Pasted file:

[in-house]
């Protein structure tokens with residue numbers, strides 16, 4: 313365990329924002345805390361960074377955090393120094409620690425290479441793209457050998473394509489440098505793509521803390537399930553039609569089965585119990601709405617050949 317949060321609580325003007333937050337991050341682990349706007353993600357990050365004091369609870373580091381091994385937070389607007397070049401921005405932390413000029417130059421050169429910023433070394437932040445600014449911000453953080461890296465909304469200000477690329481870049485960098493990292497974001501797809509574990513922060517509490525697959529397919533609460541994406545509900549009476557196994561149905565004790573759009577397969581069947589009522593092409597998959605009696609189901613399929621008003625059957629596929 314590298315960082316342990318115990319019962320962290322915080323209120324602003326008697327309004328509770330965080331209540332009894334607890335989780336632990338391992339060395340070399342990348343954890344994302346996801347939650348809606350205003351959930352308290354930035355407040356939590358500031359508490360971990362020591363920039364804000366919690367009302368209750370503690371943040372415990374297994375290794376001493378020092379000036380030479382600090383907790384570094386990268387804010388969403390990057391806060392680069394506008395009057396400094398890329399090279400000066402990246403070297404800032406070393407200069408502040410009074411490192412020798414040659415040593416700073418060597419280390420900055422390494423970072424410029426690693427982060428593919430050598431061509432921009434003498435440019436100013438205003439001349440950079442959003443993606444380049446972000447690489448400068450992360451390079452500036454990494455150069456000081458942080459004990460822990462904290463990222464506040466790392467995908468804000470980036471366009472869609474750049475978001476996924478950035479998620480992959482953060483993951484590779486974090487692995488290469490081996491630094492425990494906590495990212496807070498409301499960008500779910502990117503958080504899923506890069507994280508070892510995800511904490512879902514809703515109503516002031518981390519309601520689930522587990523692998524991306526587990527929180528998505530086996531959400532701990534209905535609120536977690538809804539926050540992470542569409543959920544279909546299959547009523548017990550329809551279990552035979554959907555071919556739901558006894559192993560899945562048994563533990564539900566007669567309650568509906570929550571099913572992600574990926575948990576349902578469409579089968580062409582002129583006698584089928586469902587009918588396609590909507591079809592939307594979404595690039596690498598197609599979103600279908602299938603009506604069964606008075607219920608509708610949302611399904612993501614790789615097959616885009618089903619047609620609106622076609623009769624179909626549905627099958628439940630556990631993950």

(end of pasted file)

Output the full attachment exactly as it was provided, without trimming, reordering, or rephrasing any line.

[in-house]
């Protein structure tokens with residue numbers, strides 16, 4: 313365990329924002345805390361960074377955090393120094409620690425290479441793209457050998473394509489440098505793509521803390537399930553039609569089965585119990601709405617050949 317949060321609580325003007333937050337991050341682990349706007353993600357990050365004091369609870373580091381091994385937070389607007397070049401921005405932390413000029417130059421050169429910023433070394437932040445600014449911000453953080461890296465909304469200000477690329481870049485960098493990292497974001501797809509574990513922060517509490525697959529397919533609460541994406545509900549009476557196994561149905565004790573759009577397969581069947589009522593092409597998959605009696609189901613399929621008003625059957629596929 314590298315960082316342990318115990319019962320962290322915080323209120324602003326008697327309004328509770330965080331209540332009894334607890335989780336632990338391992339060395340070399342990348343954890344994302346996801347939650348809606350205003351959930352308290354930035355407040356939590358500031359508490360971990362020591363920039364804000366919690367009302368209750370503690371943040372415990374297994375290794376001493378020092379000036380030479382600090383907790384570094386990268387804010388969403390990057391806060392680069394506008395009057396400094398890329399090279400000066402990246403070297404800032406070393407200069408502040410009074411490192412020798414040659415040593416700073418060597419280390420900055422390494423970072424410029426690693427982060428593919430050598431061509432921009434003498435440019436100013438205003439001349440950079442959003443993606444380049446972000447690489448400068450992360451390079452500036454990494455150069456000081458942080459004990460822990462904290463990222464506040466790392467995908468804000470980036471366009472869609474750049475978001476996924478950035479998620480992959482953060483993951484590779486974090487692995488290469490081996491630094492425990494906590495990212496807070498409301499960008500779910502990117503958080504899923506890069507994280508070892510995800511904490512879902514809703515109503516002031518981390519309601520689930522587990523692998524991306526587990527929180528998505530086996531959400532701990534209905535609120536977690538809804539926050540992470542569409543959920544279909546299959547009523548017990550329809551279990552035979554959907555071919556739901558006894559192993560899945562048994563533990564539900566007669567309650568509906570929550571099913572992600574990926575948990576349902578469409579089968580062409582002129583006698584089928586469902587009918588396609590909507591079809592939307594979404595690039596690498598197609599979103600279908602299938603009506604069964606008075607219920608509708610949302611399904612993501614790789615097959616885009618089903619047609620609106622076609623009769624179909626549905627099958628439940630556990631993950």